10 July 2013
Last updated at 22:37 ET
An 18km (11-mile) railway line linking Qazigund to Banihal in Indian-administered Kashmir has been inaugurated by India's Prime Minister Manmohan Singh. The new stretch has added to the 118km line that already runs through the valley, connecting Baramullah in the north with Qazigund in the south. Photographer Abid Bhat chronicles a railway that aims to bring the disputed region of Kashmir closer to the rest of India.
The ambitious train project aims to link the region with India's vast railway network, easing travel between Srinagar, the region's main city, and the rest of the country.
The train passes through an 11km multi-million dollar tunnel which cuts through the Pir Panjal mountain range. It is India's longest railway tunnel.
A 3m-wide road has been provided inside the tunnel for maintenance and emergency rescue and relief operations. The ride through the tunnel lasts for some 10 minutes.
The line could have a dramatic impact on people's lives. It is useful for students who will be able to travel to the summer capital, Srinagar, easily. It will also be a boon to those who need to get to the hospital in the capital city in a medical emergency.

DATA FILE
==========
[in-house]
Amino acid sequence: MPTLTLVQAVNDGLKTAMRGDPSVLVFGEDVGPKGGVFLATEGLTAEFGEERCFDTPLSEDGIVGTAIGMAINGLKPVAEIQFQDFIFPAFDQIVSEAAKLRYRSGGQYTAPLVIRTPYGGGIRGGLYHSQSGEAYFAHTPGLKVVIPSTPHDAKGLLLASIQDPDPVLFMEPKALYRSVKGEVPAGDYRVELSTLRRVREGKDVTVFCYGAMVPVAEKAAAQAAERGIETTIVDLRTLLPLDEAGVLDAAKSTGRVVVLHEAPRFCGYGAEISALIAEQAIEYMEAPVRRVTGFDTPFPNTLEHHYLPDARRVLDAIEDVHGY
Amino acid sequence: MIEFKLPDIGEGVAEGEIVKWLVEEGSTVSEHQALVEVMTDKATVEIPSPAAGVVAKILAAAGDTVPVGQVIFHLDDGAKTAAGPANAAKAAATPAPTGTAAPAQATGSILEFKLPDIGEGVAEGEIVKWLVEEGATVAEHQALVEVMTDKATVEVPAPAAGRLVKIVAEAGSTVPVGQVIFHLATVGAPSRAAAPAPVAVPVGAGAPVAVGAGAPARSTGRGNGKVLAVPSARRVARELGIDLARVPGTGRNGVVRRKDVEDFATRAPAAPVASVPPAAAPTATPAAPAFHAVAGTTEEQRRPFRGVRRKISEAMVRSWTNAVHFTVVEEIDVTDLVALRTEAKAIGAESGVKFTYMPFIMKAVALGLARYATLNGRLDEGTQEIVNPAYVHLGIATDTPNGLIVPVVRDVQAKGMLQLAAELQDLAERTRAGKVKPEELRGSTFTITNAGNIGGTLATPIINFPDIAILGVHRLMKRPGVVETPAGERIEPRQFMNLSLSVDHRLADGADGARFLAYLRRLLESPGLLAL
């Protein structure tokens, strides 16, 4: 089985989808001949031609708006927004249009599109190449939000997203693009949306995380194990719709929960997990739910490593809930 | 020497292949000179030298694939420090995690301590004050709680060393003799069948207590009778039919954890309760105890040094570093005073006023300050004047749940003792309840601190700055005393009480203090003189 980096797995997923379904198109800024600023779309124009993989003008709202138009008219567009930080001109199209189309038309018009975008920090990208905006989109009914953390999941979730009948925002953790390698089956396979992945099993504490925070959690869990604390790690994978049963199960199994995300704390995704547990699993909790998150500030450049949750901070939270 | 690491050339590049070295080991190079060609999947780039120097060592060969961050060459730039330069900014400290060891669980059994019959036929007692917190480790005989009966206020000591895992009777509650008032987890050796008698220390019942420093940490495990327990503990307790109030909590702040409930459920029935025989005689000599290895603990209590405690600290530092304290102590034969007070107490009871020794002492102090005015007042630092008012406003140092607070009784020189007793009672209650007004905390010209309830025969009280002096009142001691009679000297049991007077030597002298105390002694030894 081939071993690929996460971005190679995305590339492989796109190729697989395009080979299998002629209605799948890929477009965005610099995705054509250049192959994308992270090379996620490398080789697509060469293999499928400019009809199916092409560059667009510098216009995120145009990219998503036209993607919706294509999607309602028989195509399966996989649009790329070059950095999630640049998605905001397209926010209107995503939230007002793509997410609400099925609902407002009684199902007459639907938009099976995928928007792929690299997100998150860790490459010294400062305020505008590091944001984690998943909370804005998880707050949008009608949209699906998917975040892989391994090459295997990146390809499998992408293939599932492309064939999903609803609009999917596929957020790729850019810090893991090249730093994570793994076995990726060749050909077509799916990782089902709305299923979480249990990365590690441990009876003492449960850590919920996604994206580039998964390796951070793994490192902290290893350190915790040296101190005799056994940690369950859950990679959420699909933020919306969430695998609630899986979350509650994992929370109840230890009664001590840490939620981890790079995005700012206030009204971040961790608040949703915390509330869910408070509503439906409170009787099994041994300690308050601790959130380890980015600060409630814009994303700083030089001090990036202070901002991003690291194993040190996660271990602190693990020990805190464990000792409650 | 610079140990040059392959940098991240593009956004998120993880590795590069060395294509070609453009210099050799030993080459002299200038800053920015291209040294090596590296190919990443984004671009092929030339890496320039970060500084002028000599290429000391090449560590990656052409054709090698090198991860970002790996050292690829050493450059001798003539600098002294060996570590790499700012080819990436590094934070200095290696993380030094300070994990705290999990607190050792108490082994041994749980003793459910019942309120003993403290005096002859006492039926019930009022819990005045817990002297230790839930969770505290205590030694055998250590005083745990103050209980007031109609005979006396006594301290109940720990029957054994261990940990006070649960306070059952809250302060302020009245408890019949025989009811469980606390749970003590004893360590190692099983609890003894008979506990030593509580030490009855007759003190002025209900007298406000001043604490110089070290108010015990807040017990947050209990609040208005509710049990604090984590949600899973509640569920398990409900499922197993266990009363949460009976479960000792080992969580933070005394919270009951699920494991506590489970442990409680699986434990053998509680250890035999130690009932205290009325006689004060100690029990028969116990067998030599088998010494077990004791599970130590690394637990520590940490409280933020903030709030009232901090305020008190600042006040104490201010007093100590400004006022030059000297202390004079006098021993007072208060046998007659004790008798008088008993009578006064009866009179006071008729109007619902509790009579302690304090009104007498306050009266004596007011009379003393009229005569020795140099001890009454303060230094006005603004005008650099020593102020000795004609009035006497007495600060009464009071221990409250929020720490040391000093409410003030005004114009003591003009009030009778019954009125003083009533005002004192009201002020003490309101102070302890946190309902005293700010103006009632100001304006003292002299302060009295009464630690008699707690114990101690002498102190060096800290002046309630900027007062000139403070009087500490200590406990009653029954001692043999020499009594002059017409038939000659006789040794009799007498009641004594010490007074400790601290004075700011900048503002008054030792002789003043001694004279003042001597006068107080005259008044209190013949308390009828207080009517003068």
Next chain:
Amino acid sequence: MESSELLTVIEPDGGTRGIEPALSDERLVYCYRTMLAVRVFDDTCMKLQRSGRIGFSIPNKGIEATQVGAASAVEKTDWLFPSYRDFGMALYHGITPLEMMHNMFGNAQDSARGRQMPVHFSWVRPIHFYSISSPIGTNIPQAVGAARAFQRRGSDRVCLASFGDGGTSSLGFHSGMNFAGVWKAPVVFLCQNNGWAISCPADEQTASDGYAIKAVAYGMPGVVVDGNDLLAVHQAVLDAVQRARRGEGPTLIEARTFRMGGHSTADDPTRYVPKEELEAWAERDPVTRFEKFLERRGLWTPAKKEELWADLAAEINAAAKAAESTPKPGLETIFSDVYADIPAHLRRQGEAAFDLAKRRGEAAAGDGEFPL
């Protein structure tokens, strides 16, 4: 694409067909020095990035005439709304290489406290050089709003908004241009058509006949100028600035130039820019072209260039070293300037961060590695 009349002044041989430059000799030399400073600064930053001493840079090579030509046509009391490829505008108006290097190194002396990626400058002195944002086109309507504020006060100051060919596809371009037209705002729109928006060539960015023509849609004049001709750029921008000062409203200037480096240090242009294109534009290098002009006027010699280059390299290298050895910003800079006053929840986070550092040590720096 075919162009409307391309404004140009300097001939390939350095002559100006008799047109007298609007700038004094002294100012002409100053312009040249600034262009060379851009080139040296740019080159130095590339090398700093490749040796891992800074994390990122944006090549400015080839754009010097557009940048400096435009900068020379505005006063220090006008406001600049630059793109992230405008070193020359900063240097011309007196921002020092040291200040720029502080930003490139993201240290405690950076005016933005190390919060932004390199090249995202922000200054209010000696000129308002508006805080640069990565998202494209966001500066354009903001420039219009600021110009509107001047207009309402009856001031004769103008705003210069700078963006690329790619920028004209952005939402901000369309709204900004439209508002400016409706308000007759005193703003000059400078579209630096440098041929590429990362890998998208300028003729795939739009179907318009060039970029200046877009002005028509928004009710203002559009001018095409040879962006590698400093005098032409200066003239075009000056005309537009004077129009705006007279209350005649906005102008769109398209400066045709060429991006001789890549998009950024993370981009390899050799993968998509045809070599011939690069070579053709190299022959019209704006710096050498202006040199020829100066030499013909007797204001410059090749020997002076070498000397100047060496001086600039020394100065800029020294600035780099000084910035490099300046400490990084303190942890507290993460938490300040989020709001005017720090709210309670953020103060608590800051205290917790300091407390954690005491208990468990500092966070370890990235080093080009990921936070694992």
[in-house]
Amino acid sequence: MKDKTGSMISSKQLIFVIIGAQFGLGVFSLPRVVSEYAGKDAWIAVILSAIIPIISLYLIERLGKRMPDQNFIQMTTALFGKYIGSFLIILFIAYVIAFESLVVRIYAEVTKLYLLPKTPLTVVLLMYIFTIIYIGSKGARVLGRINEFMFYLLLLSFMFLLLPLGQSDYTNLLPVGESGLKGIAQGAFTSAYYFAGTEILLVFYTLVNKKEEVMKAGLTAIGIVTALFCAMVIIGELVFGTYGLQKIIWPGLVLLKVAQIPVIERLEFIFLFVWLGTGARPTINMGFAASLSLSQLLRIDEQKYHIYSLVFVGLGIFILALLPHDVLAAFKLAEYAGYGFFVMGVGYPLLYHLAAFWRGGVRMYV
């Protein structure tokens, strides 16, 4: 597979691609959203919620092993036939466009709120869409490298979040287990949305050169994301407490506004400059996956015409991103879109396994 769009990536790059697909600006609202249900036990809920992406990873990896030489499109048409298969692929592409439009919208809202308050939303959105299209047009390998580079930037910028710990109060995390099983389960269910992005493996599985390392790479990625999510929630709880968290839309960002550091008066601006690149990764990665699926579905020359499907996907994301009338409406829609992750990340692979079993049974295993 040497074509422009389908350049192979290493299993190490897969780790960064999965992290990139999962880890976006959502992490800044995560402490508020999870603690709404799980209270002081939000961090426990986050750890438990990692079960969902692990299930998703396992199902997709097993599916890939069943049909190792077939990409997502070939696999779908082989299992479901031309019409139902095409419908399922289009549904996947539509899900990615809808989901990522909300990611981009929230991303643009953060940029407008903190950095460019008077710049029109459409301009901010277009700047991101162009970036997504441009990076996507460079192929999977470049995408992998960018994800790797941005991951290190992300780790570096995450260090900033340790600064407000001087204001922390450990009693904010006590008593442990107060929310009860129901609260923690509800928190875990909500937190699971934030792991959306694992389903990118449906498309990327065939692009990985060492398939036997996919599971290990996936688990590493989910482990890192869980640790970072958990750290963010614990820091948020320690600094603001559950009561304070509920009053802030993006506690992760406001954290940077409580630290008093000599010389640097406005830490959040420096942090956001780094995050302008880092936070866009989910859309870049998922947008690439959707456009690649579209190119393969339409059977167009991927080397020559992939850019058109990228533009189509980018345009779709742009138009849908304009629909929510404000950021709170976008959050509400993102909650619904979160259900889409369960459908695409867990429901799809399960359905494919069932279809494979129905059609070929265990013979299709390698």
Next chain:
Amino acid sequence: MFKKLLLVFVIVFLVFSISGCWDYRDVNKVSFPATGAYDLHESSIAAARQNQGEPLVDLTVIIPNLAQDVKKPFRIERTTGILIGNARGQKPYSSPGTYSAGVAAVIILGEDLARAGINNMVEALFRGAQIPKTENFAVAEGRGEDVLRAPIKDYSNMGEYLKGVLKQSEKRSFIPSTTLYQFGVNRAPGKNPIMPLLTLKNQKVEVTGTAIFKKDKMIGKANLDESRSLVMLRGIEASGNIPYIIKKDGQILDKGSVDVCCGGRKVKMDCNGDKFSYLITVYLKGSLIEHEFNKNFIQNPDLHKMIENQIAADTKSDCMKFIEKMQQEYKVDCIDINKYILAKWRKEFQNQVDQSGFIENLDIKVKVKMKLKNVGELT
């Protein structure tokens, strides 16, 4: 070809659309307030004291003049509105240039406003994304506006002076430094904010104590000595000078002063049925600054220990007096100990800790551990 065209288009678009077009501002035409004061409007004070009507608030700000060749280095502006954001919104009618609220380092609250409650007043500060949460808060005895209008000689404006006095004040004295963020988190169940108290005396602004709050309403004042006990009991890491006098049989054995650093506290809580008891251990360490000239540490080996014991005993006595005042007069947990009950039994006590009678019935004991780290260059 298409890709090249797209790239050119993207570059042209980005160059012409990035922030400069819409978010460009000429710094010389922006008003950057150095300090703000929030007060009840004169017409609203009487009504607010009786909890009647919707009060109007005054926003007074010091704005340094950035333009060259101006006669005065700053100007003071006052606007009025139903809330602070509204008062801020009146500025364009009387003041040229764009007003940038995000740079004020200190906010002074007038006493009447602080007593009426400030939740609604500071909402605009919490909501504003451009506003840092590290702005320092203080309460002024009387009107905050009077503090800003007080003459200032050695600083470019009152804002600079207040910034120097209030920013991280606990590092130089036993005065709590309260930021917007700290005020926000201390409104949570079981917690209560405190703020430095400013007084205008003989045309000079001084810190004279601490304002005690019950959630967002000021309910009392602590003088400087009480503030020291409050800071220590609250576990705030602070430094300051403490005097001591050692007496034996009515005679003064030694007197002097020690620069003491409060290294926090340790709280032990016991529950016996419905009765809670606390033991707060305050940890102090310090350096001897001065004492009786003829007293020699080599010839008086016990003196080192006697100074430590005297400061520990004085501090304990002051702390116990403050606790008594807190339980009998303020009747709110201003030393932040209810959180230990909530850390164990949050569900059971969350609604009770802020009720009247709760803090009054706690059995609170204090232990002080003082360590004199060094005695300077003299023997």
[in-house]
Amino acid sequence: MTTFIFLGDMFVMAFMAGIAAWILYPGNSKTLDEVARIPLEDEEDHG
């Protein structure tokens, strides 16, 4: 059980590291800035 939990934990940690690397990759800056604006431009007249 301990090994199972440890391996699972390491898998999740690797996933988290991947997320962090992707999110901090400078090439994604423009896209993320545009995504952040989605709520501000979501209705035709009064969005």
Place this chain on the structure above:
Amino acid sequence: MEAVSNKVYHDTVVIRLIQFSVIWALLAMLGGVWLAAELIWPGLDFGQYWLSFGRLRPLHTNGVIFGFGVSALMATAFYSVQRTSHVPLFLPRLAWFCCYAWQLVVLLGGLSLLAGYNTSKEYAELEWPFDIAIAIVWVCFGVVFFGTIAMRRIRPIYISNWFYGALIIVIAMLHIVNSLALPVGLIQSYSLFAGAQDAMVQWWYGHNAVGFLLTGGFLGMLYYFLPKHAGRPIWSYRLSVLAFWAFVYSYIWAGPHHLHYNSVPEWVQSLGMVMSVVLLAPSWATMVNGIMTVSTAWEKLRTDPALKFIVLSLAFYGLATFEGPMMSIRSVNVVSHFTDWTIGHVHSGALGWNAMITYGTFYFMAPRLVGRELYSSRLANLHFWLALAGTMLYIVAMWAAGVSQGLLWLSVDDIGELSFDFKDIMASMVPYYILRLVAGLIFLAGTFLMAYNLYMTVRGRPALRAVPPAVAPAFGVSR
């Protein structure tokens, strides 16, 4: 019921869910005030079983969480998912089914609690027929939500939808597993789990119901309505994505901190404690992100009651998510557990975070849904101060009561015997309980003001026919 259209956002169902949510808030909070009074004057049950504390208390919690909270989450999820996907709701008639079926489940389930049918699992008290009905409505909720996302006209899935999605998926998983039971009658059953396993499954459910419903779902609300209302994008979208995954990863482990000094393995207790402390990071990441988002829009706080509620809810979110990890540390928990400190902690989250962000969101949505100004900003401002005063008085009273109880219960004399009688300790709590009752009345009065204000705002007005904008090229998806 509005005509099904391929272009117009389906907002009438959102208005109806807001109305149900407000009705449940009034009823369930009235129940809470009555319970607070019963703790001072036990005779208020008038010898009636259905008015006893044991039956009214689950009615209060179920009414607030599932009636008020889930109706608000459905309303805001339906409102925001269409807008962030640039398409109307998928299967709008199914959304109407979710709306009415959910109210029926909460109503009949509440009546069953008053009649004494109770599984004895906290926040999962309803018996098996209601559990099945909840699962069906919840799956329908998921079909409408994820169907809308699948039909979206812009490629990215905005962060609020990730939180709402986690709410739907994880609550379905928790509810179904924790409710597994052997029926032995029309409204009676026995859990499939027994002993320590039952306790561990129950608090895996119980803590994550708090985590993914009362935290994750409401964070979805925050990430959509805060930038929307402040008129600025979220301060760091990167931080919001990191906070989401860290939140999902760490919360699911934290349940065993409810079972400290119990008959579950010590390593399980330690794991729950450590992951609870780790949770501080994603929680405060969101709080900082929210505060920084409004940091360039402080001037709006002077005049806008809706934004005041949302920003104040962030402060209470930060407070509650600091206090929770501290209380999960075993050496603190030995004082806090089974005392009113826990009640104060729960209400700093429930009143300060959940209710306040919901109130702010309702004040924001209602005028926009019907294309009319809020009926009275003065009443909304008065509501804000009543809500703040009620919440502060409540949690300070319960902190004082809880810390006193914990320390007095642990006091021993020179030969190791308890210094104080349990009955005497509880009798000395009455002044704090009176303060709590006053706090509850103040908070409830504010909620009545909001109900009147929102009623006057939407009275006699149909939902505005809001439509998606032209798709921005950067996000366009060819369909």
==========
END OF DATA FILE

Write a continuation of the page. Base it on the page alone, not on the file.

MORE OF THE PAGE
Thousands of workers, headed by hundreds of civil engineers, toiled for years to lay the tracks and build bridges, and construct dozens of platforms.
The biggest challenge, officials said, was building the network through some of the areas worst affected by the last two decades of insurgency by militants trying to end Indian rule in Kashmir.
The eight-coach train has already become a hit with the locals. Many passengers say the journey is like a picnic on wheels.
The railway line passes through picturesque Himalayan ranges, farms, apple orchards and meadows.
At present, the link ends at Banihal in Jammu region which is yet to be connected to India's huge railway network. Officials say that is likely to happen in 2017 when the Banihal station will be linked with Udhampur, 121km away.